There’s a new mantra in Ottawa tonight

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There’s a new mantra in Ottawa tonight.  If you are an Ottawa Senators fan or an NHL lover, you will know exactly what I am talking about.  It goes like this:

“PAGEAU, PAGEAU, PAGEAU, PAGEAU….PAGEAU, PAGEAU”  sung to the tune of that other popular NHL chant OLÈ, OLÈ, OLÈ, OLÈ….OLÈ OLÈ

The Ottawa Senators beat the visiting New York Rangers, 6-5 in double overtime, after being down 5-3 with a little over 3 minutes left in regulation time.  What a comeback, what a game!  The win puts the Senators ahead 2-0 in a best of 7 game series, round two in the NHL playoffs for the Stanley Cup.

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The reason for the mantra is that Jean-Gabriel Pageau scored 4 of the 6 Ottawa goals, including the OT winner.   To be more precise, 4 goals in 4 shots on net.  I would love to know Henrik Lundqvist’s (the Rangers’ goaltender) thoughts as he saw Pageau streaking down the ice towards him in overtime.  Maybe, “oh no, not him again”

The fans serenaded him a few times tonite with the mantra (after each goal) but none louder than during his solo skate as he was announced the first star of the game.  It was absolutely deafening, in fact, you could not hear the announcer declare him the first star.  Not that he had to, we all knew who the best guy on the ice was tonight.

The fans were still chanting as they cleared out of the CTC, to the parking lots and beyond, honking their car horns and waving their flags…

My voice is hoarse; I too was chanting and cheering at the top of my lungs.

Bipartisan hockey fans

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There is nothing worse when you go to an NHL hockey game to support the home team and there are more (and louder) fans supporting the opposing team.  This happens alot at Ottawa Senators’  home games.  It is bad enough watching on TV, but when you are actually at the game it is brutal.  Last night was a great example when the Senators hosted the Montreal Canadians.  If you were listening to the game from a distance (not right in front of the TV) you could not tell which team scored when the commentator yelled “scores!”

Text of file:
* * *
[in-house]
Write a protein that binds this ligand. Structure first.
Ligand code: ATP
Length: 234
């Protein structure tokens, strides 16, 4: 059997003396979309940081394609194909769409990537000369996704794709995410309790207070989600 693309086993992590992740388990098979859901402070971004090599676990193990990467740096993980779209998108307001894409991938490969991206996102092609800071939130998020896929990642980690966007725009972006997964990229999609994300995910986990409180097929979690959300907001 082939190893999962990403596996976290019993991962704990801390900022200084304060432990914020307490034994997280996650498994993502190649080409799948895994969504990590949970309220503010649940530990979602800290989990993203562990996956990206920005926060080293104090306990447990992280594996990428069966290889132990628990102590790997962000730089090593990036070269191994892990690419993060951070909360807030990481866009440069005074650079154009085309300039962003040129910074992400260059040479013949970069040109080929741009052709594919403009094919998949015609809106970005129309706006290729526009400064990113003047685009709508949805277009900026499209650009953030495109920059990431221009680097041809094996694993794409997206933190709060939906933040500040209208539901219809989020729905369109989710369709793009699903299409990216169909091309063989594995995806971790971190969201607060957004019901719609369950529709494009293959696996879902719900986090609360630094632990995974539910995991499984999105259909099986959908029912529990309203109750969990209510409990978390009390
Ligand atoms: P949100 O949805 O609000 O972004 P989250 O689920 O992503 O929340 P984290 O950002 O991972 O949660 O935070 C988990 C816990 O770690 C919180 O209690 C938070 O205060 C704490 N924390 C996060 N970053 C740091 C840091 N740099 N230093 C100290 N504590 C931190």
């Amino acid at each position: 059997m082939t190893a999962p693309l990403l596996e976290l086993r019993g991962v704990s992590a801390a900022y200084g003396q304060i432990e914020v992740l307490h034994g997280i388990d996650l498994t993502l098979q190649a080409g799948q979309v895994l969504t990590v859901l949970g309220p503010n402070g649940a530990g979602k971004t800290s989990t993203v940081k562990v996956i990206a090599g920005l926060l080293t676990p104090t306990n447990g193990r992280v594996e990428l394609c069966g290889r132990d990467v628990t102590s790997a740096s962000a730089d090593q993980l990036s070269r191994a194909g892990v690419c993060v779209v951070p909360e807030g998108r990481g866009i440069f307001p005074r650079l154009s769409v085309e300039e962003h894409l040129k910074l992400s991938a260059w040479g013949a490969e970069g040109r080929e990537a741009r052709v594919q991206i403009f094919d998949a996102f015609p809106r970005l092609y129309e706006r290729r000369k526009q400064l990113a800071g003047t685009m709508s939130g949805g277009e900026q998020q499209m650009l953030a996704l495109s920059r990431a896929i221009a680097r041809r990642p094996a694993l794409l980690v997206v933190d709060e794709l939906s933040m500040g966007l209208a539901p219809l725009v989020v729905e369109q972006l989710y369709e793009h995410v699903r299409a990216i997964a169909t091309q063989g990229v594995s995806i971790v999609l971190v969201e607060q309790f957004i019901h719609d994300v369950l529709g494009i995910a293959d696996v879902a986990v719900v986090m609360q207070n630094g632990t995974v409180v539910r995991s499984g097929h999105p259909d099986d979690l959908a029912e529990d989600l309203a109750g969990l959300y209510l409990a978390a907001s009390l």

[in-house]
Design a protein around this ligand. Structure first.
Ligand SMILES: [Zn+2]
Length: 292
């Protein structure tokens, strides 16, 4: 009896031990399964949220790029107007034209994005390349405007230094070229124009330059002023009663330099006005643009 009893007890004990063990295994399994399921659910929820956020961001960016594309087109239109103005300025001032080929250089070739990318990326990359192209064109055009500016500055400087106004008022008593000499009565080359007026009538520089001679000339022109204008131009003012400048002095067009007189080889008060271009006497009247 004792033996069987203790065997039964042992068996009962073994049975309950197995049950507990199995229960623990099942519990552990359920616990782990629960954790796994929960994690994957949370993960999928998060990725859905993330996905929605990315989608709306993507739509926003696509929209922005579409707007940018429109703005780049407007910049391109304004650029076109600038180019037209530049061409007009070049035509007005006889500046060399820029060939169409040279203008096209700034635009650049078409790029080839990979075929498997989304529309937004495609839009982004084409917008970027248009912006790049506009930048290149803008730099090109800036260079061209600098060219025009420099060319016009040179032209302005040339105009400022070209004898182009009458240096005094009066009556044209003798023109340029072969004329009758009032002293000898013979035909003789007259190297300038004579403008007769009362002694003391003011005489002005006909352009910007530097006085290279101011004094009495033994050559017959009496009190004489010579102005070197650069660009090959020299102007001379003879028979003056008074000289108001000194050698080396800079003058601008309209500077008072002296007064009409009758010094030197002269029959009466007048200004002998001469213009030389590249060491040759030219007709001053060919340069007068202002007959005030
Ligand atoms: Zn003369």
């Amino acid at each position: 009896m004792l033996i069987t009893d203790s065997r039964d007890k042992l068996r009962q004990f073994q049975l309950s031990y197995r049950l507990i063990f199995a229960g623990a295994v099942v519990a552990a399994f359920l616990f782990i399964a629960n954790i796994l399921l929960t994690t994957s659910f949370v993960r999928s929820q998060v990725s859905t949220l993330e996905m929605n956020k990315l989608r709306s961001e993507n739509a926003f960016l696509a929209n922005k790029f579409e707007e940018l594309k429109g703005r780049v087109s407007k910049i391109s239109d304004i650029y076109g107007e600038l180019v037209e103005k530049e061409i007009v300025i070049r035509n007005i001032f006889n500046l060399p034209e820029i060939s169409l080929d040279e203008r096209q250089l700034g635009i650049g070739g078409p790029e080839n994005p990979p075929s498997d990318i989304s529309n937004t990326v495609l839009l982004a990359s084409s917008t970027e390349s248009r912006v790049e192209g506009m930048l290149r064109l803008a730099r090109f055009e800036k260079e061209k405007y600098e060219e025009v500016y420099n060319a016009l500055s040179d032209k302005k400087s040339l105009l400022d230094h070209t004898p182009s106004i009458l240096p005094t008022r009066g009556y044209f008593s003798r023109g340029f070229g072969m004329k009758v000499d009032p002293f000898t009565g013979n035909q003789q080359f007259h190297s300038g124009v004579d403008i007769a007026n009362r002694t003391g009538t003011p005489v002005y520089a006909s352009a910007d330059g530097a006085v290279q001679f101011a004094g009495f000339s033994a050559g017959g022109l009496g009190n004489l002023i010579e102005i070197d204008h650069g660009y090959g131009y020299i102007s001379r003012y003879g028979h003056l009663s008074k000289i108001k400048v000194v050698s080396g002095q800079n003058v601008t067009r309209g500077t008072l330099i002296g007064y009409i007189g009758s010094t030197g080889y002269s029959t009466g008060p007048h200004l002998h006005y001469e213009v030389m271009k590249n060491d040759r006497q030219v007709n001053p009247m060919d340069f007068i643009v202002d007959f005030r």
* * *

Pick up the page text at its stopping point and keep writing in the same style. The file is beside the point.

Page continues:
I assume this bipartisan crowd phenomenon is because anyone that has moved to Ottawa for work as an adult is old enough to have grown up with another team as their favourite.  On the flip side, anyone younger than 30 years of age living in Ottawa has grown up with the Senators as their home team since the Senators franchise was only revived in Ottawa in 1992, after being off the NHL radar since 1934.

I grew up in Cornwall, Ontario a small city a little over an hour east and south of Ottawa.  In the sixties and seventies, if you lived in Cornwall, you either cheered for the Montreal Canadians or the Toronto Maple Leafs.  The choice was predominantly based on whether you were French speaking (Montreal) or English speaking (Toronto).  My father was an avid Toronto Maple Leaf fan, so we six children were too.  When I moved to Ottawa and had three sons, as soon as they were old enough to love hockey and the Senators, I was a convert.

However, when I moved to Ottawa and had three sons, as soon as they were old enough to love hockey and the Senators, I was a convert.  It is hard not to get caught up in the excitement of a local team, especially as we live 5 minutes from the Canadian Tire Center, the arena the Senators call home.

Whatever happened to home ice advantage?